It goes without saying that doing the same workout day in and day out will get pretty boring pretty fast, particularly because your body adapts to repetitions. When you switch things up, you’ll be more likely to stick to your regimen and thus avoid mental boredom. To make your workout routines more interesting and less monotonous, try to spice things up by setting up stations with kettlebells, exercise bands, jump ropes, and weights. Get outdoors on nice days and go for a run or walk laps around your yard and home. Run up and down your stairs in between your weightlifting sessions. When you find your body is sore at the end of the week, try Zumba, Pilates, or Yoga as a reward.
- Get new workout clothes.
If you’ve been living in your yoga pants (and you’re definitely not the only one!), try to set aside a good pair of leggings just for when you exercise. Sure, you won’t be heading to the gym, but you’ll want to have your gym shoes and clothes within reach. Some studies have found that what you wear during your workout can have a direct impact on your performance -- a psychological phenomenon known as enclothed cognition*. Plus, buying a new workout outfit, leggings, or sports bra can be an awesome treat or reward when you meet your fitness goals!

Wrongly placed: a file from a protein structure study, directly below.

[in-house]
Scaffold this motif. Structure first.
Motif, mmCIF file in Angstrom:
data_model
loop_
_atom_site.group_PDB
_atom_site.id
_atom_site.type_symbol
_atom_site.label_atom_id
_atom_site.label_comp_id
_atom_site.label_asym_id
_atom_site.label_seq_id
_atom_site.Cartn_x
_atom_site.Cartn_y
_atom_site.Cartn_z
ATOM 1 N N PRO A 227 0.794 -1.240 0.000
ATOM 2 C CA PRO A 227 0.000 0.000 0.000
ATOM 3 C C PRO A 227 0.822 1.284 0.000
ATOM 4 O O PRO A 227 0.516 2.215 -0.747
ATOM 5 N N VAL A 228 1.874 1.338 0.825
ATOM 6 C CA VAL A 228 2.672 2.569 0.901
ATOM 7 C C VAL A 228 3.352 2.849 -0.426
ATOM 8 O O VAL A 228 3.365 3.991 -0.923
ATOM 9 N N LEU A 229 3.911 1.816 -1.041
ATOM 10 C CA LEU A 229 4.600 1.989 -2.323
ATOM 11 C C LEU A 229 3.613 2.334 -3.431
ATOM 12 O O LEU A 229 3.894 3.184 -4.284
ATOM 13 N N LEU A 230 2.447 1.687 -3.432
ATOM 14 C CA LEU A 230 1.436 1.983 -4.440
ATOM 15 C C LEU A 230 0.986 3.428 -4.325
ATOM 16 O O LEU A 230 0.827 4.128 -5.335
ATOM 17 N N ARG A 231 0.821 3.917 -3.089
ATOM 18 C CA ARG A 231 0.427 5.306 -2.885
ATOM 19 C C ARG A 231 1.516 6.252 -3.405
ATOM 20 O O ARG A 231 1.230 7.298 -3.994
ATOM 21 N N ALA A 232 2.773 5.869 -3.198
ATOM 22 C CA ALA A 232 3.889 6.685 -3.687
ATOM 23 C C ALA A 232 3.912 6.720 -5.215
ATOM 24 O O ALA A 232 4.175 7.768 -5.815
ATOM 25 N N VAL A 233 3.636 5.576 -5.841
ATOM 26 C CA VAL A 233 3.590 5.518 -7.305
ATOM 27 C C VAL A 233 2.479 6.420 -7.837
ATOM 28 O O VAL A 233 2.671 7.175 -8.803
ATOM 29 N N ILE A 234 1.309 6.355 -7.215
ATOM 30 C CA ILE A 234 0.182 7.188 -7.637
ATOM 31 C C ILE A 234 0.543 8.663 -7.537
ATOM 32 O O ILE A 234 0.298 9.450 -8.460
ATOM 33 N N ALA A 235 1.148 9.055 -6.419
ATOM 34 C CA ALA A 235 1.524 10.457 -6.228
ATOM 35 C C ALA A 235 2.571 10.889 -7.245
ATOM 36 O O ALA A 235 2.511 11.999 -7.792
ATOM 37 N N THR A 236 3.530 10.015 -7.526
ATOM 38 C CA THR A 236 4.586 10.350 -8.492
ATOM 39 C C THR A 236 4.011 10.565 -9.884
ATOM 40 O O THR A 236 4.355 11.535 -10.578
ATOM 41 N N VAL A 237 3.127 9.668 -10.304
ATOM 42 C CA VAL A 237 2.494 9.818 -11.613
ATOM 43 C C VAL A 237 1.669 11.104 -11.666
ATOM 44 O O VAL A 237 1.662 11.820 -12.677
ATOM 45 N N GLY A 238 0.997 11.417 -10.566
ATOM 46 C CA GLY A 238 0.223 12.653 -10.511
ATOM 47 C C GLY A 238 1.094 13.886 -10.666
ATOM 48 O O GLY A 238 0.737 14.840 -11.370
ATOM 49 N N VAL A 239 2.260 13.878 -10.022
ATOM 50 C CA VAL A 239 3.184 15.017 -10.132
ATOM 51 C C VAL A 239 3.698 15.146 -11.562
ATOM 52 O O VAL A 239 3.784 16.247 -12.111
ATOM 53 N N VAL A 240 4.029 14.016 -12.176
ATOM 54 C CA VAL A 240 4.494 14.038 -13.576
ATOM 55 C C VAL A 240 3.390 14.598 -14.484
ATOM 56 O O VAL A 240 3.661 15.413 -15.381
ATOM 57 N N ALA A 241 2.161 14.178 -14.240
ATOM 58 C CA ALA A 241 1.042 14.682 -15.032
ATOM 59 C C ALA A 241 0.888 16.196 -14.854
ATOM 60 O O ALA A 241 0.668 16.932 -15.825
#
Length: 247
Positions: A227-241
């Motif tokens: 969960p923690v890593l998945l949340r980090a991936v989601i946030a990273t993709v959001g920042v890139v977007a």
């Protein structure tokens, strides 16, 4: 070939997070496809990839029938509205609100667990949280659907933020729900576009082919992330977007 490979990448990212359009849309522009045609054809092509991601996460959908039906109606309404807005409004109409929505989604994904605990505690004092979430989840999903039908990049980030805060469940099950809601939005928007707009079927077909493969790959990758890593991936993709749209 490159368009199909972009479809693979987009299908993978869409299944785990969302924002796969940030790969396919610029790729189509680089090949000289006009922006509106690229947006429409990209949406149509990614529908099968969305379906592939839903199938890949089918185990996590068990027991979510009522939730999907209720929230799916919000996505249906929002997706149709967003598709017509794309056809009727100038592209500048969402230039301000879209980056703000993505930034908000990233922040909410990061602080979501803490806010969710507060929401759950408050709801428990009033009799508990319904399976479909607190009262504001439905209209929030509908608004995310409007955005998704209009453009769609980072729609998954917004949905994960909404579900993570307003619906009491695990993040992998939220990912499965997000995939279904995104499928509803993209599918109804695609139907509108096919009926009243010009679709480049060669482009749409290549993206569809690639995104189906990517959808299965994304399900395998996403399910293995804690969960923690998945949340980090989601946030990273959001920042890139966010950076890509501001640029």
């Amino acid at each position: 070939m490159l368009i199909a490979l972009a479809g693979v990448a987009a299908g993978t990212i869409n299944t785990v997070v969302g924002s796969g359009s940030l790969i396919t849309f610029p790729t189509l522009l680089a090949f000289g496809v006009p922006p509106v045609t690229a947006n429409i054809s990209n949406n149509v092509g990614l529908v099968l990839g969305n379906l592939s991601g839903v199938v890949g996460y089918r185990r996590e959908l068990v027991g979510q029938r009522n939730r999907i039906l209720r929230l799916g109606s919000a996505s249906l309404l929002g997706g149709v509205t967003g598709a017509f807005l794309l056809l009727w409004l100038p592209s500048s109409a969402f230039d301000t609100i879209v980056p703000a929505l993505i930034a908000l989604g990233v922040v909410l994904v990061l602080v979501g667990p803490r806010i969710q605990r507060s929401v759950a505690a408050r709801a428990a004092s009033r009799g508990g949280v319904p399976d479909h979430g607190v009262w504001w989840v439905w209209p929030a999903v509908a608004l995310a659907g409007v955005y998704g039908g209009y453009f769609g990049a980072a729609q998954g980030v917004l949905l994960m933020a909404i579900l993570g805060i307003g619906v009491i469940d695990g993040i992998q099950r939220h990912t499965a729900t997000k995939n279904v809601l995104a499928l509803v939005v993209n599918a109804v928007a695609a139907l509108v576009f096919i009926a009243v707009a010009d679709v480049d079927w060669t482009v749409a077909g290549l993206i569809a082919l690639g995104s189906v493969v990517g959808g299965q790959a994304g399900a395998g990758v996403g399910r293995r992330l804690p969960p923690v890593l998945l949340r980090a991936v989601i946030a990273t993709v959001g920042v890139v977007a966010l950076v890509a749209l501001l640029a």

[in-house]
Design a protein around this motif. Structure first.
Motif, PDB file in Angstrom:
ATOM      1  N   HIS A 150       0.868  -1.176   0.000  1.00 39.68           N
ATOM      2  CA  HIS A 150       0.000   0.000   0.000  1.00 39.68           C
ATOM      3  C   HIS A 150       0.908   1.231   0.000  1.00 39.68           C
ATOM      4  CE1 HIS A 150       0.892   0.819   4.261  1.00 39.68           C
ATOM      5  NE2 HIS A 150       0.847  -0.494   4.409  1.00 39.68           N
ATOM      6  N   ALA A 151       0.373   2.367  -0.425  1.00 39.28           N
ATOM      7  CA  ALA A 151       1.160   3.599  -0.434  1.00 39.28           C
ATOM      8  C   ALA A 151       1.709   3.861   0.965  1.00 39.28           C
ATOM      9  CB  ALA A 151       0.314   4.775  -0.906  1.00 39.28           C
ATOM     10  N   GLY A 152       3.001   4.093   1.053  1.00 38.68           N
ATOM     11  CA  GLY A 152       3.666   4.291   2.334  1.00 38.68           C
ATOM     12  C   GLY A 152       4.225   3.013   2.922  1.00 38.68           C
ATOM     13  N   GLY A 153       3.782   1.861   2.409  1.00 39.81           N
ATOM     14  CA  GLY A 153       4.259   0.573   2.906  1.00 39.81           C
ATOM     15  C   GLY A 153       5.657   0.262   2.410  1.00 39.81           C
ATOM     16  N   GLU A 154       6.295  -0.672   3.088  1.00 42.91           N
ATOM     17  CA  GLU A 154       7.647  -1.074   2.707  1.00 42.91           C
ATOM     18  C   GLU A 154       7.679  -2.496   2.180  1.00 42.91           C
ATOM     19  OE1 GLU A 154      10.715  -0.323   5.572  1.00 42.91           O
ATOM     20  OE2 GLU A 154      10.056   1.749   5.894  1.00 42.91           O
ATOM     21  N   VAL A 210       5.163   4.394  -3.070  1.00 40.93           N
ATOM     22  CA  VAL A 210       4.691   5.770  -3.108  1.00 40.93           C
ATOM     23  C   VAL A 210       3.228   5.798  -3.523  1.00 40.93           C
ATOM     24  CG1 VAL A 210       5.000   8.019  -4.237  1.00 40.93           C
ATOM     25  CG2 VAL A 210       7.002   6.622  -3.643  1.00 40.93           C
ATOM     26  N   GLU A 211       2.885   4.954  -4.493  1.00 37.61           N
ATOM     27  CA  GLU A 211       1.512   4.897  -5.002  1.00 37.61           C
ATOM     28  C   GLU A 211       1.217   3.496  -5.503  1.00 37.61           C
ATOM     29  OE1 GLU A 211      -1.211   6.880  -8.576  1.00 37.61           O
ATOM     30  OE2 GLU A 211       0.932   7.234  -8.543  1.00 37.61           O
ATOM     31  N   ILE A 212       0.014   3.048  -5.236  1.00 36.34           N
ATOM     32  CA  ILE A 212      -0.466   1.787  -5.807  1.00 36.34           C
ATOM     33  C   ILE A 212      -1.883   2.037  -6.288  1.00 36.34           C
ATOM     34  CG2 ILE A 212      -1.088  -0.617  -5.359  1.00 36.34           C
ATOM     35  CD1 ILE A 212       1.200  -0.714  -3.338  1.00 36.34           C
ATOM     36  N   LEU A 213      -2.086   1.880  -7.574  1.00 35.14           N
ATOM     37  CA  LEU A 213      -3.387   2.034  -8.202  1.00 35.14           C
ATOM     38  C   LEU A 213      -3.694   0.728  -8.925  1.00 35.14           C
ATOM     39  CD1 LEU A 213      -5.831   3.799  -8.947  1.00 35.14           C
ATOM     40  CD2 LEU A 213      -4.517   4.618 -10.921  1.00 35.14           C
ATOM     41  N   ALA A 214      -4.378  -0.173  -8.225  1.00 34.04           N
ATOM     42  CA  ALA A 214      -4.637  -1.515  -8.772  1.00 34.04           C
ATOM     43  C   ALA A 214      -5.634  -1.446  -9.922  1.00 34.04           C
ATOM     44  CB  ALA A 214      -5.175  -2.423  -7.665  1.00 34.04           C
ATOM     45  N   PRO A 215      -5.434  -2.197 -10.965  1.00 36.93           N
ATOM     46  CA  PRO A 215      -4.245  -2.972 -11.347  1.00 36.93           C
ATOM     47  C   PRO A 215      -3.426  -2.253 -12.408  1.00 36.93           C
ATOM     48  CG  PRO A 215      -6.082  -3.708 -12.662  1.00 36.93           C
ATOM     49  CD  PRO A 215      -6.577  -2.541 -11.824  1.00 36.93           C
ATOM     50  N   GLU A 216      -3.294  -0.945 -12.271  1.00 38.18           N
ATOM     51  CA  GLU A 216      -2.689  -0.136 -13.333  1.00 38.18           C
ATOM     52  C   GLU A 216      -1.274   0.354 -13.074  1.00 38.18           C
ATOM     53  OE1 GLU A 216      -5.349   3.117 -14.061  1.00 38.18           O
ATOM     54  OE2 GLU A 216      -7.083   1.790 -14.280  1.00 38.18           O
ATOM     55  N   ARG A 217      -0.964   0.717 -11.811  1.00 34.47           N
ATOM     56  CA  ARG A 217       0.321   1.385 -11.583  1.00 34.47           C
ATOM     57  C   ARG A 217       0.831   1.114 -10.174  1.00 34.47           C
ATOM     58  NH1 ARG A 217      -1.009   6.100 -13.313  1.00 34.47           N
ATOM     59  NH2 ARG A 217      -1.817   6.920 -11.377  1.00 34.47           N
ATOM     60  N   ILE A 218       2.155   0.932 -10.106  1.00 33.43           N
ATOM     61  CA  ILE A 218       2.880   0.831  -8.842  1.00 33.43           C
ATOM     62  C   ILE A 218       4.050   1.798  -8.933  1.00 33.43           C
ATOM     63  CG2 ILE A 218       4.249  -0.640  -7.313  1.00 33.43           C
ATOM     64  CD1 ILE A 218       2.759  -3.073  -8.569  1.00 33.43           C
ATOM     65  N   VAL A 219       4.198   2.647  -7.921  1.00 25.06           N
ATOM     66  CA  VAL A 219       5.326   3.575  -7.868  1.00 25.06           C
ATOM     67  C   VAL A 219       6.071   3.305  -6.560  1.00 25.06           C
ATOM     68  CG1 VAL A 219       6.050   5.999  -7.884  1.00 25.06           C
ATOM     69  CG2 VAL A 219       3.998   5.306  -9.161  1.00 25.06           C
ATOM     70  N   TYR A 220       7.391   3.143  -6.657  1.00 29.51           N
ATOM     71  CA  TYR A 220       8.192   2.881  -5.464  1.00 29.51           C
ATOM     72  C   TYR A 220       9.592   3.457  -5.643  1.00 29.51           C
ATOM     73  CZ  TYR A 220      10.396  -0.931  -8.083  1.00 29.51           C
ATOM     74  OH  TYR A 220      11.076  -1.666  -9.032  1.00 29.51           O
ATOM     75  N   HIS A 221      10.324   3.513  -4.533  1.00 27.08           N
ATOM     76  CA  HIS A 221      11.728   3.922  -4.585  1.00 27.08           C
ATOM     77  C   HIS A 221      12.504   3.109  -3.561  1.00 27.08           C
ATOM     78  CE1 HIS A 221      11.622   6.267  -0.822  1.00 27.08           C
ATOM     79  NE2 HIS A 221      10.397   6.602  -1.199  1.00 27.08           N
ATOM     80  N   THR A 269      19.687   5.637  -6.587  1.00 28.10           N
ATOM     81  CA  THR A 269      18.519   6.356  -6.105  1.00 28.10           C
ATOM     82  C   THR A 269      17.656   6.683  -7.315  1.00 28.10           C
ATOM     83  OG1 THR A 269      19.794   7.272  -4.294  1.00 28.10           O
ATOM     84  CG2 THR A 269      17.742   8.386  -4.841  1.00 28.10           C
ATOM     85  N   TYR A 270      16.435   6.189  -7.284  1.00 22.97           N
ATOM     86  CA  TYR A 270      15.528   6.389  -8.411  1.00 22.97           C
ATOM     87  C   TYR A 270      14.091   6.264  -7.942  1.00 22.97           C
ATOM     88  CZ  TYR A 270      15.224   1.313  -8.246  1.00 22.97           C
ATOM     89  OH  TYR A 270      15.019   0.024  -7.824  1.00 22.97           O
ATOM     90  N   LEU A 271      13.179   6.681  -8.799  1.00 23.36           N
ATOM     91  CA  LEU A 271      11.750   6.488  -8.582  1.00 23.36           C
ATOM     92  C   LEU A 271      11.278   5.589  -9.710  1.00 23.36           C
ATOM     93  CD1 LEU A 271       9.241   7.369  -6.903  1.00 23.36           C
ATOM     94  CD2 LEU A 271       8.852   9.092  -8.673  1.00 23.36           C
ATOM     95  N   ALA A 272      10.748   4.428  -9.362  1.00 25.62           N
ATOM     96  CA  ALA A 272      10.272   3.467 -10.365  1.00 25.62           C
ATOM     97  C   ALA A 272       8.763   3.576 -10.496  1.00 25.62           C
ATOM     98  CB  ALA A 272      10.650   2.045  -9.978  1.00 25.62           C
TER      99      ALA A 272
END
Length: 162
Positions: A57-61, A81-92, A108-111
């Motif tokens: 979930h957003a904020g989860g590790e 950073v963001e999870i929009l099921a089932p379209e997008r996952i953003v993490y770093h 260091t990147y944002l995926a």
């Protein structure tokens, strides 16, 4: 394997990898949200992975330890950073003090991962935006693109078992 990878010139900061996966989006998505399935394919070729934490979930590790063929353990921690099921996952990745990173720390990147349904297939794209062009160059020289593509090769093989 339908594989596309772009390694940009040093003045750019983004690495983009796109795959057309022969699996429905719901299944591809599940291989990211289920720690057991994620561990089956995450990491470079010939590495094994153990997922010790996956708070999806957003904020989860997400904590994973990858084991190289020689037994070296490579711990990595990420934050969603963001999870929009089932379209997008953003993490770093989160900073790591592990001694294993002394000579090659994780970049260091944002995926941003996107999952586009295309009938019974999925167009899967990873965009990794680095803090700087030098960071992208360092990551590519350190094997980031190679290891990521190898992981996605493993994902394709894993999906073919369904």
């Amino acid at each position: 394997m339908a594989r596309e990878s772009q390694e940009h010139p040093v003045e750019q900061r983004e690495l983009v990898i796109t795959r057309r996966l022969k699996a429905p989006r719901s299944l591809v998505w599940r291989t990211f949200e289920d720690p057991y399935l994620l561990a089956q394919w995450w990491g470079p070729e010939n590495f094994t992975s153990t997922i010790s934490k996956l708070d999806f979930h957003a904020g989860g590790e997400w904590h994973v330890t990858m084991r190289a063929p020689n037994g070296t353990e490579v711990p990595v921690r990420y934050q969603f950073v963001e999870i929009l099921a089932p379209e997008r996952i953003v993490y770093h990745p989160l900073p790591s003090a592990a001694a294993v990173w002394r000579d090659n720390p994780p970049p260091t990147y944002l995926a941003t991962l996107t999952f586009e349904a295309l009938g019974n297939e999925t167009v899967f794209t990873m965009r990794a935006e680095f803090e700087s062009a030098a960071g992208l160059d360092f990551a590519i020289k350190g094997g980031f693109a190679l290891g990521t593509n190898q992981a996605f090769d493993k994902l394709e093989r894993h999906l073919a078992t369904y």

While the country is still finding ways to navigate a “new normal” amid the coronavirus pandemic, you might be finding it hard to stick to your regular workout routine -- or even feel motivated to exercise at all. However, engaging in routine physical activity on a regular basis will not only benefit your physical health in the long run but also help to take away some of the stress and anxiety you might be experiencing. Sure, working out can be hard and downright miserable at times, but Stephen Hawking says it best: “half the battle is just showing up.” Let's get going and get there!
* enclothed cognition: a term that relates to the effect which clothing has upon a person’s mental process and the way they think, feel, and function, in areas like attention, confidence, or abstract thinking.